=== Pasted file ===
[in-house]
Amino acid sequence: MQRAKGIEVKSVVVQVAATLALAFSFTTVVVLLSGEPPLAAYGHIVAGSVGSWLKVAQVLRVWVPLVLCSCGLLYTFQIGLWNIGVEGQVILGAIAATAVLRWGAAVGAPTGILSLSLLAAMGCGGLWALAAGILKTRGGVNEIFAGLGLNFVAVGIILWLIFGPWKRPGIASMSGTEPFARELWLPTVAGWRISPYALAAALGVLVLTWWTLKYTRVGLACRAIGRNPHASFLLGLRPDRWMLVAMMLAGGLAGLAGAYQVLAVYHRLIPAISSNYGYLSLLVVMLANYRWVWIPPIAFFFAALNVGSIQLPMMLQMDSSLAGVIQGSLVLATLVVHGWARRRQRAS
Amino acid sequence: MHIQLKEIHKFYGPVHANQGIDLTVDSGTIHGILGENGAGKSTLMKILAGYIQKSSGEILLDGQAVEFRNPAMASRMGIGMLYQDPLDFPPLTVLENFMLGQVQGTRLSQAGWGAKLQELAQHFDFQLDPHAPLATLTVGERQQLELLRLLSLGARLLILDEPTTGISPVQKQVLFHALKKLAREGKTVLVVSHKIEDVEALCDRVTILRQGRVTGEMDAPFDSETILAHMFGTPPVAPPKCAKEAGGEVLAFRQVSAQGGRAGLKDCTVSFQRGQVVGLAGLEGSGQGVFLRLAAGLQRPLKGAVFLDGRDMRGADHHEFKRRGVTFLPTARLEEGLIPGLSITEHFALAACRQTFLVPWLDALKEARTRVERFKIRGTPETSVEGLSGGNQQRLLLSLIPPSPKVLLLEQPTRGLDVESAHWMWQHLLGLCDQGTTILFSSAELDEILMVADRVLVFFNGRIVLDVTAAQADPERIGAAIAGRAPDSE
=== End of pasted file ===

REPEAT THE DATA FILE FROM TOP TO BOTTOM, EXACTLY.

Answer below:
[in-house]
Amino acid sequence: MQRAKGIEVKSVVVQVAATLALAFSFTTVVVLLSGEPPLAAYGHIVAGSVGSWLKVAQVLRVWVPLVLCSCGLLYTFQIGLWNIGVEGQVILGAIAATAVLRWGAAVGAPTGILSLSLLAAMGCGGLWALAAGILKTRGGVNEIFAGLGLNFVAVGIILWLIFGPWKRPGIASMSGTEPFARELWLPTVAGWRISPYALAAALGVLVLTWWTLKYTRVGLACRAIGRNPHASFLLGLRPDRWMLVAMMLAGGLAGLAGAYQVLAVYHRLIPAISSNYGYLSLLVVMLANYRWVWIPPIAFFFAALNVGSIQLPMMLQMDSSLAGVIQGSLVLATLVVHGWARRRQRAS
Amino acid sequence: MHIQLKEIHKFYGPVHANQGIDLTVDSGTIHGILGENGAGKSTLMKILAGYIQKSSGEILLDGQAVEFRNPAMASRMGIGMLYQDPLDFPPLTVLENFMLGQVQGTRLSQAGWGAKLQELAQHFDFQLDPHAPLATLTVGERQQLELLRLLSLGARLLILDEPTTGISPVQKQVLFHALKKLAREGKTVLVVSHKIEDVEALCDRVTILRQGRVTGEMDAPFDSETILAHMFGTPPVAPPKCAKEAGGEVLAFRQVSAQGGRAGLKDCTVSFQRGQVVGLAGLEGSGQGVFLRLAAGLQRPLKGAVFLDGRDMRGADHHEFKRRGVTFLPTARLEEGLIPGLSITEHFALAACRQTFLVPWLDALKEARTRVERFKIRGTPETSVEGLSGGNQQRLLLSLIPPSPKVLLLEQPTRGLDVESAHWMWQHLLGLCDQGTTILFSSAELDEILMVADRVLVFFNGRIVLDVTAAQADPERIGAAIAGRAPDSE